|Lowest Recommended Age:||Mature High Schooler|
|MPAA Rating:||Rated R for language, drug use and sexual content -- all involving teens|
|Profanity:||Constant very strong and crude language|
|Nudity/Sex:||Sexual references and situations involving teenagers, including same-sex experimentation|
|Alcohol/Drugs:||A lot of substance abuse by teenagers and adults -- drinking, smoking, drug use|
|Violence/Scariness:||Some intense confrontations and violence|
|Diversity Issues:||A theme of the movie|
|Movie Release Date:||April 9, 2010|
|DVD Release Date:||July 20, 2010|
The fierce determination. The big break. The tyrannical and sometimes unreasonable and sometimes even crooked manager. The endless rehearsals. The performances in dingy clubs. The breakthrough. The first album. The first magazine cover. The first fans. The fights among band members and between band members and their families.
And then, inevitably, the nightmare descent into booze and drugs.
That’s just about every single episode of “VH1 Behind the Music,” because it’s just about every rock band’s real-life experience. But the very success of that series has made it extremely difficult to make a movie about a real-life rock band that does not seem strangled by the constricting inevitabilities of the rock star story arc — as numbingly familiar in movies as it is in real life.
All of that is in “The Runaways,” the story of the pioneering all-girl rock group of the 1970’s. Joan Jett (“Twilight’s” Kristen Stewart) is the one with the fierce determination, especially when a guitar teacher suggests that girls don’t rock. She wants to have an all-girl band. Cherie Currie (Dakota Fanning) is the perfect storm to be out front — she is very pretty, just past puberty, and has a home life so awful that she will do anything for attention and affection. When a music promoter named Kim Fowley brings them together, he tells the teenage girls (in a much cruder way) that they should rock like men.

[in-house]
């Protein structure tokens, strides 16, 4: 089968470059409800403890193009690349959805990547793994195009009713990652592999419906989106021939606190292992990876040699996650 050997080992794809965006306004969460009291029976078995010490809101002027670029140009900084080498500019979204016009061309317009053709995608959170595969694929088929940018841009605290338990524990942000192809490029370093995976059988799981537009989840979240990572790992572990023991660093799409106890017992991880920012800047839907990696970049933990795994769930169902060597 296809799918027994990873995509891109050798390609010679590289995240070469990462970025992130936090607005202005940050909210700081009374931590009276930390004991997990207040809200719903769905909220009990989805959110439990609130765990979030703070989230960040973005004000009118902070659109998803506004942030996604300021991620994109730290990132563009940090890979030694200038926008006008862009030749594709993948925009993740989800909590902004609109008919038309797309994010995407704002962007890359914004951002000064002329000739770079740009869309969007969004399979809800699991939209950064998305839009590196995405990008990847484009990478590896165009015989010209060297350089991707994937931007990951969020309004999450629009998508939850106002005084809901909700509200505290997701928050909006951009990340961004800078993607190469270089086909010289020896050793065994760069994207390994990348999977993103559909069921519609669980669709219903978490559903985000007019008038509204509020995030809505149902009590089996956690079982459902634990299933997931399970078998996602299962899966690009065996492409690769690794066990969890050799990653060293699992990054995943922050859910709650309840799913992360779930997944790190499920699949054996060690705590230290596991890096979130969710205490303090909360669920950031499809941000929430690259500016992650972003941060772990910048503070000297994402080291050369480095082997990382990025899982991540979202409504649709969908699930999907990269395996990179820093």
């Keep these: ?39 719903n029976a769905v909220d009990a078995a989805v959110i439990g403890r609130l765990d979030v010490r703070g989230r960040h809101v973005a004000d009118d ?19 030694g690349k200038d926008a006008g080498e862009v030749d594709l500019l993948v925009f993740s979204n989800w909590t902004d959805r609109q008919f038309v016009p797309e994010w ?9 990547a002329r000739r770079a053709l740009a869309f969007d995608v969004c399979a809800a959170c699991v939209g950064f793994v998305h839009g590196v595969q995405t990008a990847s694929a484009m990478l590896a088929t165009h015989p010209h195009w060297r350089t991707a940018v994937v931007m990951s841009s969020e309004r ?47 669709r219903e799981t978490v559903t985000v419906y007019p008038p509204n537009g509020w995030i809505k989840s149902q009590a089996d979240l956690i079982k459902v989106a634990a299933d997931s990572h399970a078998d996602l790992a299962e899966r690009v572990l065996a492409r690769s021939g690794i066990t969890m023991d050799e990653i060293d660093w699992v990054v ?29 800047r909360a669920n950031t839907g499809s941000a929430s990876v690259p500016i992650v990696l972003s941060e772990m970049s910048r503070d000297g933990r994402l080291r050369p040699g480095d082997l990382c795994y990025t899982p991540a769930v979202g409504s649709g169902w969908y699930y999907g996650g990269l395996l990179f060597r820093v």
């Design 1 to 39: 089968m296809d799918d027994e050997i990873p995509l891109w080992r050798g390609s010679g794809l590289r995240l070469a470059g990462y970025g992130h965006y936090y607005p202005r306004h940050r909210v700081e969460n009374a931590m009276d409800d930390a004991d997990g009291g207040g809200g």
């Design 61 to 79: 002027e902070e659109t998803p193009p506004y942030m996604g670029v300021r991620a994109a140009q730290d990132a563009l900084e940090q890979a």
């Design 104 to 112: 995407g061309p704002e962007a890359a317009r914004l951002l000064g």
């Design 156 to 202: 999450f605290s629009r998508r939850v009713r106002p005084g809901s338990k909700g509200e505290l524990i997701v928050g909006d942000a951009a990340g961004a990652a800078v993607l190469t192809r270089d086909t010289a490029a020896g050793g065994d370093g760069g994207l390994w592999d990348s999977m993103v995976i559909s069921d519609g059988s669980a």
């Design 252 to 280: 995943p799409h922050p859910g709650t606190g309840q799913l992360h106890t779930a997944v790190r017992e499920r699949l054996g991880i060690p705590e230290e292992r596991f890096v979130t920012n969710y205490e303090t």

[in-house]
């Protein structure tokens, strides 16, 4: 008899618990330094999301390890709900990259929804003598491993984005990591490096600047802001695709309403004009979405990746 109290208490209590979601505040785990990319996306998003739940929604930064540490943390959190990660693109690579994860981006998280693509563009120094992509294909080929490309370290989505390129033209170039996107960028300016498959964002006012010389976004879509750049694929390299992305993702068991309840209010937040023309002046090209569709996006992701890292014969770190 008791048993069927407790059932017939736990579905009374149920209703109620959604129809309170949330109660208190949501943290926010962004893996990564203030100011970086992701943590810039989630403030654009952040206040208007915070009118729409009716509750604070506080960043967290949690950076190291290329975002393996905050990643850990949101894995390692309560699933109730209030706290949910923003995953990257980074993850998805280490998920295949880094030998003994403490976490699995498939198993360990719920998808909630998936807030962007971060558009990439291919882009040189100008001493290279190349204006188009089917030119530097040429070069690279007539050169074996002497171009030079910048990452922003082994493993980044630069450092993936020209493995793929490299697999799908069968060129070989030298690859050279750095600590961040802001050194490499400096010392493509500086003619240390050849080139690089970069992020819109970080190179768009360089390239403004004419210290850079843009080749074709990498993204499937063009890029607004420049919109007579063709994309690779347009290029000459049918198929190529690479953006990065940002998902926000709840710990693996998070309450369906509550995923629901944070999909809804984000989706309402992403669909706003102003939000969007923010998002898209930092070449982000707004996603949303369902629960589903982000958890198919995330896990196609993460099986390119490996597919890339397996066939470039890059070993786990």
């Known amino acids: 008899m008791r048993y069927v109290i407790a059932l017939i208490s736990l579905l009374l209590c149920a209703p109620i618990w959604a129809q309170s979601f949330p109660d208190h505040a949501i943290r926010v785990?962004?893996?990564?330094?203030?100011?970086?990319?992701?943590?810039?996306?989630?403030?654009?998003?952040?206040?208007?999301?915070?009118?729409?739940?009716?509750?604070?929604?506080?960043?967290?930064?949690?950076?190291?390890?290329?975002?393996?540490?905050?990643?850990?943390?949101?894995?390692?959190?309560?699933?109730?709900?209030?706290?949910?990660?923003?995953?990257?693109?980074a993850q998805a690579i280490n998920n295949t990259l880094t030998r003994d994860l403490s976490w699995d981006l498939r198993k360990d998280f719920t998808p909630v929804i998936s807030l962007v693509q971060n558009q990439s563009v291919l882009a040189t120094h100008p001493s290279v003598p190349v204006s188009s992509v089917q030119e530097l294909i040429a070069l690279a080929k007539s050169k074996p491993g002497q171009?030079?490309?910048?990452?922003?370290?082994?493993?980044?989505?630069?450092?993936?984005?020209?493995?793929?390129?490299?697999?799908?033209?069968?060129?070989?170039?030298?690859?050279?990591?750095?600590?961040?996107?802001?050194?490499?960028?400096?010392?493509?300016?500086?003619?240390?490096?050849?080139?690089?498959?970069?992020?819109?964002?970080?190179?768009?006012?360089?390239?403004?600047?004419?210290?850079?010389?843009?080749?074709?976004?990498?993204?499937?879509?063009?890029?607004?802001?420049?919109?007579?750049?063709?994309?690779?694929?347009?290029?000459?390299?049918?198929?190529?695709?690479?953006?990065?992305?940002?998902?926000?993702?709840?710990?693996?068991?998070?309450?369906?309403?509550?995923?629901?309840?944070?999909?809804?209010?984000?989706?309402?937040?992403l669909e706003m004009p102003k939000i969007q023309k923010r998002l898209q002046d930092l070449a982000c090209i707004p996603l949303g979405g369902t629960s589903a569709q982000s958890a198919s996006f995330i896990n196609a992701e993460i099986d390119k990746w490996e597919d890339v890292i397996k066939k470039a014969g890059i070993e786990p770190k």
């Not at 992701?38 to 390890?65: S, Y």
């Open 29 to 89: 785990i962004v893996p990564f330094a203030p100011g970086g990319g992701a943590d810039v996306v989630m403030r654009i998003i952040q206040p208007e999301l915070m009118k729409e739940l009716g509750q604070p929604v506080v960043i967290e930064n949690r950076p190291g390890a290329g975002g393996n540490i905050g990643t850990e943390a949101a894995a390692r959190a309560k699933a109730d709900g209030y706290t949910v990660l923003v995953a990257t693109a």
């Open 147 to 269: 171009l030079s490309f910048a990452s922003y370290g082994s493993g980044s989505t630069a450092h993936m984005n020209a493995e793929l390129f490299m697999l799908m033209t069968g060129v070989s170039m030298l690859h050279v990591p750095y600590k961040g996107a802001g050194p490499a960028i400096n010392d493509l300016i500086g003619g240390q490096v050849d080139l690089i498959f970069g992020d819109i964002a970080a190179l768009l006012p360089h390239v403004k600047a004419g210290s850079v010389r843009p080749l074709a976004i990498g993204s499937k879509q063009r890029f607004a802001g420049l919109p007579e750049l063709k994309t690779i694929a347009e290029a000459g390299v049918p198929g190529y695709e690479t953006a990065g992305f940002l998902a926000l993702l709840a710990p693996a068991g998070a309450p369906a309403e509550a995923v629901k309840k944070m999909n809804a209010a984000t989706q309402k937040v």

They were one part female empowerment, one part novelty act. They were Lolitas with a backbeat, jail bait in jumpsuits, their very name emphasizing their youth and rebelliousness. And they really did not have much in common other than a lack of experience and maturity and a longing for thrills. Jett, who went on to a long rock career and is still performing, was a serious rocker. Currie, who was barely old enough to drive when The Runaways were singing “Cherry Bomb” in lingerie to packed concert halls, had no great passion for performing. It is telling that in an early scene we see her at a school talent show — lip-synching David Bowie. It is her memoir that is the basis of the movie, and so it reflects her perspective and her story. She was torn apart by family problems and soon became addicted to drugs.